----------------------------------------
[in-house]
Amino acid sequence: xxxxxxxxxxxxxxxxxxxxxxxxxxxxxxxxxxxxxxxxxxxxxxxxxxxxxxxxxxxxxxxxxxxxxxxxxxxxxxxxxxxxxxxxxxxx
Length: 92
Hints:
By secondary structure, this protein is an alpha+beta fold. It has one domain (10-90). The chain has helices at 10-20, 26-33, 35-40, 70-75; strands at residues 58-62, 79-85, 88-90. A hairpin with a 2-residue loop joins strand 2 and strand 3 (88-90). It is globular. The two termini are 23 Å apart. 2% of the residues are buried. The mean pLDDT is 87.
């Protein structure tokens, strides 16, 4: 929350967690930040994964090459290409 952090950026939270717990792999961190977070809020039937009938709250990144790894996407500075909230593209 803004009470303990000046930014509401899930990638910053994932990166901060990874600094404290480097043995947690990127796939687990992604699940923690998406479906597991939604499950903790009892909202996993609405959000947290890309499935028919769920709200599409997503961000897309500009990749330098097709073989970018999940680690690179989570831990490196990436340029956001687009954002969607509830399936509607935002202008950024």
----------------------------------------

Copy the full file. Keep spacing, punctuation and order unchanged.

[in-house]
Amino acid sequence: xxxxxxxxxxxxxxxxxxxxxxxxxxxxxxxxxxxxxxxxxxxxxxxxxxxxxxxxxxxxxxxxxxxxxxxxxxxxxxxxxxxxxxxxxxxx
Length: 92
Hints:
By secondary structure, this protein is an alpha+beta fold. It has one domain (10-90). The chain has helices at 10-20, 26-33, 35-40, 70-75; strands at residues 58-62, 79-85, 88-90. A hairpin with a 2-residue loop joins strand 2 and strand 3 (88-90). It is globular. The two termini are 23 Å apart. 2% of the residues are buried. The mean pLDDT is 87.
């Protein structure tokens, strides 16, 4: 929350967690930040994964090459290409 952090950026939270717990792999961190977070809020039937009938709250990144790894996407500075909230593209 803004009470303990000046930014509401899930990638910053994932990166901060990874600094404290480097043995947690990127796939687990992604699940923690998406479906597991939604499950903790009892909202996993609405959000947290890309499935028919769920709200599409997503961000897309500009990749330098097709073989970018999940680690690179989570831990490196990436340029956001687009954002969607509830399936509607935002202008950024």